It was a combination of all of them. The best one is to gather up all the residents and listen to everyone’s stories. Make everyone feel comfortable.

Tell them your personal stories too. Then with their permission, put their stories and images on social media – straight away.

Is there anything you would recommend people don’t do? Or something you would have done differently?

If someone is trying to give you advice – always listen to them. Even if you think it’s not relevant – just listen. If I could have done one thing differently – I wish we started it sooner.

What advice do you have for tenants dealing with disrepair or poor housing conditions?

Raise it with your landlord.

If you feel like you’re getting fobbed off, or the repair doesn’t take place then you should speak to other residents.

It’s always good for neighbours to be in contact with each other anyway as you never know when problems could pop up, then your group is already there and you’re already looking out for each other.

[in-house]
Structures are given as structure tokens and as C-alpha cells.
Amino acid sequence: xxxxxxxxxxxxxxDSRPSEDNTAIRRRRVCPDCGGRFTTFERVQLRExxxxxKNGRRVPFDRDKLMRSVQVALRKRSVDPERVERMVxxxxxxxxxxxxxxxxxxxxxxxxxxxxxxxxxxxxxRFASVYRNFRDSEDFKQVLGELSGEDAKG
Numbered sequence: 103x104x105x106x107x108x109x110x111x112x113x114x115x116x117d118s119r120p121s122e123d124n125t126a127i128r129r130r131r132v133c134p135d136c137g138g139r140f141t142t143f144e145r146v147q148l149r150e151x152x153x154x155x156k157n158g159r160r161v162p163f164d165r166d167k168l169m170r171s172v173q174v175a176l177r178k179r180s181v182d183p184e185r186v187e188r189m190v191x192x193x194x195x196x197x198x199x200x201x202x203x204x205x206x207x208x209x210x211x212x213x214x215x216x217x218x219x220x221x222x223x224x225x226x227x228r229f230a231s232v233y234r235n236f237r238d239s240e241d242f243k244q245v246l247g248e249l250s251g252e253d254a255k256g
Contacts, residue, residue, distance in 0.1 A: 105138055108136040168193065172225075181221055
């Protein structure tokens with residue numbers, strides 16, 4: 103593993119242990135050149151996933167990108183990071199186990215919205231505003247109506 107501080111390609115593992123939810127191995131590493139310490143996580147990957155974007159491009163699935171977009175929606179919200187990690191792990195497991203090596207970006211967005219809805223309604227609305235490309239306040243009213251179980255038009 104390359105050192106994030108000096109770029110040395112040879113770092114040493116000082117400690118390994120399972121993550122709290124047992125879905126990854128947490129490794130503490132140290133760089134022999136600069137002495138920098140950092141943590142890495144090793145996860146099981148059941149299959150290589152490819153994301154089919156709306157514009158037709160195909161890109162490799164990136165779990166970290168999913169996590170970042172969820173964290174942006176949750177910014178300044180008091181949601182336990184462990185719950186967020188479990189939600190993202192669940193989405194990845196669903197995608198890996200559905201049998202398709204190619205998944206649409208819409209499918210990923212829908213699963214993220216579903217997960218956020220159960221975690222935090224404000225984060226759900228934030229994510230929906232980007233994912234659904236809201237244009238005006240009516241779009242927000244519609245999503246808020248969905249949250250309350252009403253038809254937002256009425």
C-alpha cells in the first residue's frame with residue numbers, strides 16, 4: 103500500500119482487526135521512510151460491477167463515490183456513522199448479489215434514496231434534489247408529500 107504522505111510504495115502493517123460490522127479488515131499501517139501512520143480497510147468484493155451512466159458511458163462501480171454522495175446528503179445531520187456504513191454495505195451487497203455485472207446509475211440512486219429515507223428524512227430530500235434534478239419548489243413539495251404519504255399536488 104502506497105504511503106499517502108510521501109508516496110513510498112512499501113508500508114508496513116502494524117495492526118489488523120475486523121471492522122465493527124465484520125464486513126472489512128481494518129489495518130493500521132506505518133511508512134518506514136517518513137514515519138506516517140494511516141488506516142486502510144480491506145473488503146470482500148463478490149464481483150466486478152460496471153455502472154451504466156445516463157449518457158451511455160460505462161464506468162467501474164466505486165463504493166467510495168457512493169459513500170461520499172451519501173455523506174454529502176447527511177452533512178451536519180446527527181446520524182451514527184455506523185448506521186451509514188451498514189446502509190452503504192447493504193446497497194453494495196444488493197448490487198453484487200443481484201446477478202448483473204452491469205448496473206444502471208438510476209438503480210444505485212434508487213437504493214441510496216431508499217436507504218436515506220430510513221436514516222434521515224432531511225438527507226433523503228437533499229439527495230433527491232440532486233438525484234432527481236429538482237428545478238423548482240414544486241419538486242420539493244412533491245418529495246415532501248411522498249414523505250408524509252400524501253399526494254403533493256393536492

Door knock, take names and numbers, create a WhatsApp group, discuss the problems, report repairs, post problems on social media, ask for a meeting with the CEO and speak to local councillors.

We were lucky as we had the support of the local Labour party, other housing groups, people on Twitter retweeting stuff. It all helps. If you can take stuff to TV or the media, try and do that.

What can you take from this story?

  • Talk to your neighbours, and stay in touch via online or in-person groups
  • Try the usual channels first, but if you don’t get things fixed, be prepared to escalate. Don’t put up with surface repairs that don’t tackle the root cause.
  • Use a public platform like Twitter to show the problem with photos.
  • See if you can get a journalist to take interest, and build up a relationship with them.
  • Connect with other housing action groups too, to share advice and experiences.
  • Ask independent experts to come and take a look.

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Reference

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‘Disrepair’ is the opposite of keeping a property in good condition. It means the landlord is allowing problems to develop, and not doing anything about it.  By law, your landlord must make sure that your residence is in a good state of repair. This includes: keeping the structure (walls, roof, floors etc) safe and sound.  […]